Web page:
If you’re unable to work due to a disability, you may qualify for Social Security Disability Insurance (SSDI). The U.S. Social Security Administration (SSA) offers this form of financial assistance to help disabled individuals cover the cost their basic needs, such as food and housing.
Not all disabled individuals qualify for SSDI. To qualify for benefits, you need to have accrued a certain number of work credits. The following guide will explain what work credits are and how you may determine how many you have.
What Are Work Credits?
Recipients of SSDI have worked in the past and have contributed to Social Security through their taxes. The more someone works and pays into Social Security, the more work credits they earn. As of 1978, an American worker can earn a maximum of four work credits in a given year.
How To Calculate Work Credits
You earn a work credit when you earn a certain amount of money through your job. In 2023, for every $1,640 in “covered earnings” that you earn within a given year, you may earn a single work credit.
That means in 2023 you will have earned 4 work credits if you’ve earned $6,560 in income. Your income can consist of wages an employer pays to you, or it can consist of self-employment income. Essentially, you need to tally up your yearly earnings during the years you worked to determine how many work credits you may have accrued.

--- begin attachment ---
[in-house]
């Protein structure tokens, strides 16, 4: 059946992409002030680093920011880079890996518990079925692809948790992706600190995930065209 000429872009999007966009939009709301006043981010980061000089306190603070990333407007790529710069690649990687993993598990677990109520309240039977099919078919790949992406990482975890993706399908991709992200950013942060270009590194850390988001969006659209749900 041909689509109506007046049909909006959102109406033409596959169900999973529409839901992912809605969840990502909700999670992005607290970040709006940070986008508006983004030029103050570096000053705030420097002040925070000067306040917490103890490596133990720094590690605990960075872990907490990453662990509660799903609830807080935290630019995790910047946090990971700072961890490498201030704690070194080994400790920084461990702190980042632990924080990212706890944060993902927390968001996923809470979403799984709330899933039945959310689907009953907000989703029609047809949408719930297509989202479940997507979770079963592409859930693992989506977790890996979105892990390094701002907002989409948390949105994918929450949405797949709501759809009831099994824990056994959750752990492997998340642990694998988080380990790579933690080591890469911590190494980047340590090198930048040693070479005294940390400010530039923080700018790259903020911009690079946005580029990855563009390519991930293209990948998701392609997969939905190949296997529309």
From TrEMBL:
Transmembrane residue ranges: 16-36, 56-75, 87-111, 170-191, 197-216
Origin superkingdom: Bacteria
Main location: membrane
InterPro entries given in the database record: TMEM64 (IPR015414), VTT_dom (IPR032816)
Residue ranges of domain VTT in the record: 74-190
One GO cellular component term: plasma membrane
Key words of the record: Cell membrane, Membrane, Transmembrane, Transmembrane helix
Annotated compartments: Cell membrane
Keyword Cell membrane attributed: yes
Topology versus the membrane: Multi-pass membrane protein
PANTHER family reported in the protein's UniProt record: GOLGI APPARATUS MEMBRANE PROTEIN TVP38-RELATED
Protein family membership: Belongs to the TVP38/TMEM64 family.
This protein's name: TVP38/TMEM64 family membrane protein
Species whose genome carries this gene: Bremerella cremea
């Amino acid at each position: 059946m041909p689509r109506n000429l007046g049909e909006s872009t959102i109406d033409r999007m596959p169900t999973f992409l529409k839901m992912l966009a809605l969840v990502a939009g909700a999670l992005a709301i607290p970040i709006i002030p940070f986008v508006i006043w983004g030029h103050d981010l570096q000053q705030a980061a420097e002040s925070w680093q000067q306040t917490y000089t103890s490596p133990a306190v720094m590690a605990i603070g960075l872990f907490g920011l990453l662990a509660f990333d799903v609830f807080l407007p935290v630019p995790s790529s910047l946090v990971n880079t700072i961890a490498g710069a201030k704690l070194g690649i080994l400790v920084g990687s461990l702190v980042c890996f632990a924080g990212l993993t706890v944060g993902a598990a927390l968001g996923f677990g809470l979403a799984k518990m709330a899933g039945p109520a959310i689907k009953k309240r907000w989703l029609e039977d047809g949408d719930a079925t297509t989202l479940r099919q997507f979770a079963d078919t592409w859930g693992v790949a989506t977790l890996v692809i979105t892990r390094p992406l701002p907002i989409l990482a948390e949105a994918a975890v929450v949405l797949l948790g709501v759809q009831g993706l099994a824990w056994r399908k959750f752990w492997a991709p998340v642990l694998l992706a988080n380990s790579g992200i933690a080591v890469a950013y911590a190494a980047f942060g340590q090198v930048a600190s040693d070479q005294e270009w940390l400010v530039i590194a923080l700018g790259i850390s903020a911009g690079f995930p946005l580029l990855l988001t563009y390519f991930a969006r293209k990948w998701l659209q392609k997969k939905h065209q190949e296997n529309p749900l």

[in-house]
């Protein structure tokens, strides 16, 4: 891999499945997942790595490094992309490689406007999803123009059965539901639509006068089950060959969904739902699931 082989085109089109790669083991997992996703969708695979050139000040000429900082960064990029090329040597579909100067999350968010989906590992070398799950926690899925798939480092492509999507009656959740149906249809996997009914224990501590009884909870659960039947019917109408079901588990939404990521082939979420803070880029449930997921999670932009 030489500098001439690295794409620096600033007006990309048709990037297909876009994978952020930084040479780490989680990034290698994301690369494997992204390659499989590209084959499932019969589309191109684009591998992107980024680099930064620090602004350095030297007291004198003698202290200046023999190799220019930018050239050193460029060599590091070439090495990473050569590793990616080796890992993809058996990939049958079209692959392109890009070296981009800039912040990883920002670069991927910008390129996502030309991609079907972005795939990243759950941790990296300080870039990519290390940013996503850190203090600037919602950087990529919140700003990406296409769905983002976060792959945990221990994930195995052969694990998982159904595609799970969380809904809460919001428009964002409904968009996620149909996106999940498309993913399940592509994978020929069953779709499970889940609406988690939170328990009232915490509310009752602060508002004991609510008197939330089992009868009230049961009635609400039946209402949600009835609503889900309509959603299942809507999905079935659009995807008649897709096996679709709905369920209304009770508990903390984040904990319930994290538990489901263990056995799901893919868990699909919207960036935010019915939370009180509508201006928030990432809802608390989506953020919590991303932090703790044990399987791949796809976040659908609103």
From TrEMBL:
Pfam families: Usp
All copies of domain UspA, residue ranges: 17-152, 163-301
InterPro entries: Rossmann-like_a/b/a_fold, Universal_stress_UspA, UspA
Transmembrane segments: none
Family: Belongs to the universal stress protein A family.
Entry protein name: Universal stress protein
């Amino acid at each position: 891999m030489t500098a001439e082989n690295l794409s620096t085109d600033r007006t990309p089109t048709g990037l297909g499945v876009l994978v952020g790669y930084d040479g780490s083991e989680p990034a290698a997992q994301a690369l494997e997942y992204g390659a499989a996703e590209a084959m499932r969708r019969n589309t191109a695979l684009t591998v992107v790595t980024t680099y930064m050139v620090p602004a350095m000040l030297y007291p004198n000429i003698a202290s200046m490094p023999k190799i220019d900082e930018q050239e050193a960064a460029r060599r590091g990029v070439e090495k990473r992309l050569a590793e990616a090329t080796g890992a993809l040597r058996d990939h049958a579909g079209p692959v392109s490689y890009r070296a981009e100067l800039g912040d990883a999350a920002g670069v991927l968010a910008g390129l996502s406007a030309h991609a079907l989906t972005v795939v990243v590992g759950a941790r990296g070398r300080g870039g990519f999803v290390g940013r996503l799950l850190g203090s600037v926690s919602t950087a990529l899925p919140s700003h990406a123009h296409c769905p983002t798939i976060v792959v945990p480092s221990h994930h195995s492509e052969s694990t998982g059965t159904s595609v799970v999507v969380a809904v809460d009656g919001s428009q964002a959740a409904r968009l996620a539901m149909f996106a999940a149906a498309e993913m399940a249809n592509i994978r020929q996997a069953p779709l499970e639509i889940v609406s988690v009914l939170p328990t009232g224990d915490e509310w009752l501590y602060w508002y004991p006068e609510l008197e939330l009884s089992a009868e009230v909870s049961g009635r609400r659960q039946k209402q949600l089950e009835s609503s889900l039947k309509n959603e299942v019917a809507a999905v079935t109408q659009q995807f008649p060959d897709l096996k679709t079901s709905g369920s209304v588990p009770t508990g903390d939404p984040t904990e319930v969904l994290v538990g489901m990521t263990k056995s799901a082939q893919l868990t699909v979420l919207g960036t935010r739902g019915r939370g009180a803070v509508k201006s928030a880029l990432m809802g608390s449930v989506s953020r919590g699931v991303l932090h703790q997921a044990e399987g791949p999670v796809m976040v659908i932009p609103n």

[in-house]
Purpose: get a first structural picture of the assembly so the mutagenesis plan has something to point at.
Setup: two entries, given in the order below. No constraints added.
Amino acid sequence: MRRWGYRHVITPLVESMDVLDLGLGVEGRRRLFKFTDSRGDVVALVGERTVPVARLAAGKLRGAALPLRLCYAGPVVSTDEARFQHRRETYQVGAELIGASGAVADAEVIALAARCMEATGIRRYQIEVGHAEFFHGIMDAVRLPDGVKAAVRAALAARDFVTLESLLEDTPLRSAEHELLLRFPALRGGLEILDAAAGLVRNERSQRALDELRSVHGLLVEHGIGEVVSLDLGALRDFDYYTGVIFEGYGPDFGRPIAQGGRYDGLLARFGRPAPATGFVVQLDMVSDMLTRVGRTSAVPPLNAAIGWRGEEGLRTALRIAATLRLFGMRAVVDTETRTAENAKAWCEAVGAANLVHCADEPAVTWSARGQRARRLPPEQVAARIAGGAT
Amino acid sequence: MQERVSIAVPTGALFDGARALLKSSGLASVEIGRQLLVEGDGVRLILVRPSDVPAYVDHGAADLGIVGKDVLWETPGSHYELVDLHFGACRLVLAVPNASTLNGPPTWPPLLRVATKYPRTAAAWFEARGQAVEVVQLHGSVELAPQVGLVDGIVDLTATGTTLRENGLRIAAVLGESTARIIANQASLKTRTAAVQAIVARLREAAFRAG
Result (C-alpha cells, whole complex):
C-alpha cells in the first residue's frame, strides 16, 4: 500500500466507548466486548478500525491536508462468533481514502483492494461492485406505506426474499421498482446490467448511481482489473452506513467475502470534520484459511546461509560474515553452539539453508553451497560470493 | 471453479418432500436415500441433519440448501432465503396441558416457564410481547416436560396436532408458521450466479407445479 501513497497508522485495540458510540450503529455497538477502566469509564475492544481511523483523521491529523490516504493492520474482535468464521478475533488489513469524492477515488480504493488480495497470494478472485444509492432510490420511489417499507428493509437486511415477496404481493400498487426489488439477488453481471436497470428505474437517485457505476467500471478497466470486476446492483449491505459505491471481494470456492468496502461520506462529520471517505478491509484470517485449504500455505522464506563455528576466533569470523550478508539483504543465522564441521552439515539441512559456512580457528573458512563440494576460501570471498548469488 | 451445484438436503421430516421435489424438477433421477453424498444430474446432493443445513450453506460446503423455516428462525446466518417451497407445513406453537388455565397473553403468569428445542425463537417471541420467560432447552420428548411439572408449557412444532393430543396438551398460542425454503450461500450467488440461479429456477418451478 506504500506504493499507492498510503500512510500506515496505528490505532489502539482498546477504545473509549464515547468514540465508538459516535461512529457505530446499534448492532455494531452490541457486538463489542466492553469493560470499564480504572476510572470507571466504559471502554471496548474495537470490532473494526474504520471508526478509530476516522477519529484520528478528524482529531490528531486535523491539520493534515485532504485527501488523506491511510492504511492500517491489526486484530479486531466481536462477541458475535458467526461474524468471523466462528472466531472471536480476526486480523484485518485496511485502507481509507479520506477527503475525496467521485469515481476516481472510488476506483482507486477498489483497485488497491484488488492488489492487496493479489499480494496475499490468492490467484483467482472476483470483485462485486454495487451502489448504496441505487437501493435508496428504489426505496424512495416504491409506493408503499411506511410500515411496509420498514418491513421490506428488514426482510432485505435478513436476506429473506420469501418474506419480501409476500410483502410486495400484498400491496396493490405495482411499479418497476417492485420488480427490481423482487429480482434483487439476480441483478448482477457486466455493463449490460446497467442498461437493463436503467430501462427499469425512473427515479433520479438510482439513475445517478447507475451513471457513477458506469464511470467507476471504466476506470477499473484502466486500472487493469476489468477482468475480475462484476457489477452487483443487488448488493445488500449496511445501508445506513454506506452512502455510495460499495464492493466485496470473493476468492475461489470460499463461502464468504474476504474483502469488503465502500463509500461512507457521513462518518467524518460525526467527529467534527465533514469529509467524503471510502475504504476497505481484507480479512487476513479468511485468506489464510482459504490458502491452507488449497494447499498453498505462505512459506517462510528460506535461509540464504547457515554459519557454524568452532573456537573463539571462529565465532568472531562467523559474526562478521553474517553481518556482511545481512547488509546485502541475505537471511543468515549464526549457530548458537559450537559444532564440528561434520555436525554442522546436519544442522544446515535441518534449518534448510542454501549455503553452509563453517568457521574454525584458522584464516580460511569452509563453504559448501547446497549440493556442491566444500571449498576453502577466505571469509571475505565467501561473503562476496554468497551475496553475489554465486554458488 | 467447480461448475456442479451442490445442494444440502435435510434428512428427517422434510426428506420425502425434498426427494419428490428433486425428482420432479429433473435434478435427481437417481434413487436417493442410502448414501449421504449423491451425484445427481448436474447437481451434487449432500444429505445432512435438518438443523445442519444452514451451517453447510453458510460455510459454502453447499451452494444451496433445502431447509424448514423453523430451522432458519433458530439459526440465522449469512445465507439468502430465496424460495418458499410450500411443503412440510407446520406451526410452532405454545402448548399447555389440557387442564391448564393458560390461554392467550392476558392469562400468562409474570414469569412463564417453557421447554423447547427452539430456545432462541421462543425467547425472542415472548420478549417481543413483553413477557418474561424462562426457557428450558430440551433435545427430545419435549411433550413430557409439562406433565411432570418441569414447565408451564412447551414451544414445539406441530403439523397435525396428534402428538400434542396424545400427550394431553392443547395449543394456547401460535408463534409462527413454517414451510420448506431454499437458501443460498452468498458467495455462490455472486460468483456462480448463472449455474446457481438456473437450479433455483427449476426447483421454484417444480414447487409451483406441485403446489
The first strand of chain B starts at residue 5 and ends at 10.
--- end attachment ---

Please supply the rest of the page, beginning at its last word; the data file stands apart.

What If I Do Not Have Enough Work Credits?
Typically, for an individual to qualify for SSDI, they need to have earned at least 40 work credits. Additionally, they must have earned a minimum of 20 work credits within the preceding 10 years. The 10-year period ends the year they first developed a disability.
However, other factors could potentially influence one’s eligibility for SSDI. For example, a younger applicant may qualify for SSDI despite having earned fewer work credits than the minimum. This is simply due to the fact that a younger applicant has had less time to accrue work credits.
You may worry that you’re out of luck if your disability prevents you from working but you haven’t earned enough work credits to qualify for SSDI. That’s not necessarily the case. Even if you’re not eligible for SSDI benefits, you may be eligible to receive Supplemental Security Income (SSI).
SSI is similar to SSDI in that the SSA offers it to individuals who can’t work because of their disabilities. Unlike SSDI, the SSA doesn’t account for work history when determining whether an applicant qualifies for SSI. Instead, the SSA primarily accounts for financial need when reviewing an SSI application.
Get Help With Your Claim
Gathering the evidence to prove you have a valid disability and have earned sufficient work credits to qualify for SSDI isn’t a task you need to handle on your own. With the assistance of a lawyer, you may improve your odds of receiving an approval from the SSA when you submit your application. Learn more about what a disability attorney could do for you by taking the Free Case Evaluation and get connected with an independent attorney who subscribes to the website and may be able to help with your case.